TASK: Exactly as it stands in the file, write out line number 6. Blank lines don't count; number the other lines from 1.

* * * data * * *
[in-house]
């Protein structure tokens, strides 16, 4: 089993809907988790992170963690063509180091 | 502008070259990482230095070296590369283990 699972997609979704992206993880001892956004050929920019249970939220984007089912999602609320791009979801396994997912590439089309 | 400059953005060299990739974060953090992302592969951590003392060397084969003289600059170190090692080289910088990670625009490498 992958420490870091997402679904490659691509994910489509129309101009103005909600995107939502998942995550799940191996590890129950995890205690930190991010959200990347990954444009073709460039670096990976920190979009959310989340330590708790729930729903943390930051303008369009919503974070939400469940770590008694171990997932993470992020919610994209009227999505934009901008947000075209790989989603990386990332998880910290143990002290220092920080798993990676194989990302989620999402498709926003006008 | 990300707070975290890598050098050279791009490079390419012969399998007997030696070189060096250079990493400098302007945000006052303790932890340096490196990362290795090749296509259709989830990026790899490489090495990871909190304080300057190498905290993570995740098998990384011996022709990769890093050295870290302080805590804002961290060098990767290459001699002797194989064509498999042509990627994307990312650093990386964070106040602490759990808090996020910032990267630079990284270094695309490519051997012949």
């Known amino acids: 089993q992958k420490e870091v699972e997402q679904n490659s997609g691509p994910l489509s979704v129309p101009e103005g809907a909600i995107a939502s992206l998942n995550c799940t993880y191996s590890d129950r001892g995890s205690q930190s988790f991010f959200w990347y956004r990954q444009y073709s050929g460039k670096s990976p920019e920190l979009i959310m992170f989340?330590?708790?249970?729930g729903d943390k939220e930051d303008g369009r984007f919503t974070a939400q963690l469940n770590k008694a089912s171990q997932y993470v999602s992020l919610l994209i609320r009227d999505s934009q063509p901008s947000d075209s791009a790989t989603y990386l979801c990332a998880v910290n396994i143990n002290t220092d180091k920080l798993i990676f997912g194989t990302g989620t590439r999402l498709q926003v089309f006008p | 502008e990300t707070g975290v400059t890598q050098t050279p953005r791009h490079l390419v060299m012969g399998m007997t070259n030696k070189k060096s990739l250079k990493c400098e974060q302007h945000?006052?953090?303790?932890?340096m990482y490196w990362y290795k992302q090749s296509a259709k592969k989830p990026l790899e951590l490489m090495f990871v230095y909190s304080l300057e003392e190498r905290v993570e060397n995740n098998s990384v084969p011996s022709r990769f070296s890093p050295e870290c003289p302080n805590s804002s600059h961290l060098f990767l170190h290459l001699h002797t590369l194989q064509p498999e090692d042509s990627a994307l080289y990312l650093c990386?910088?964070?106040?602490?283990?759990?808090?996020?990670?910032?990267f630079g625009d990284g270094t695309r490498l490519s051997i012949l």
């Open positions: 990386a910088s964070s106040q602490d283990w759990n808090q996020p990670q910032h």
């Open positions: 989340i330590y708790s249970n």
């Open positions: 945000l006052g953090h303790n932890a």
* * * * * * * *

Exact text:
């Open positions: 945000l006052g953090h303790n932890a």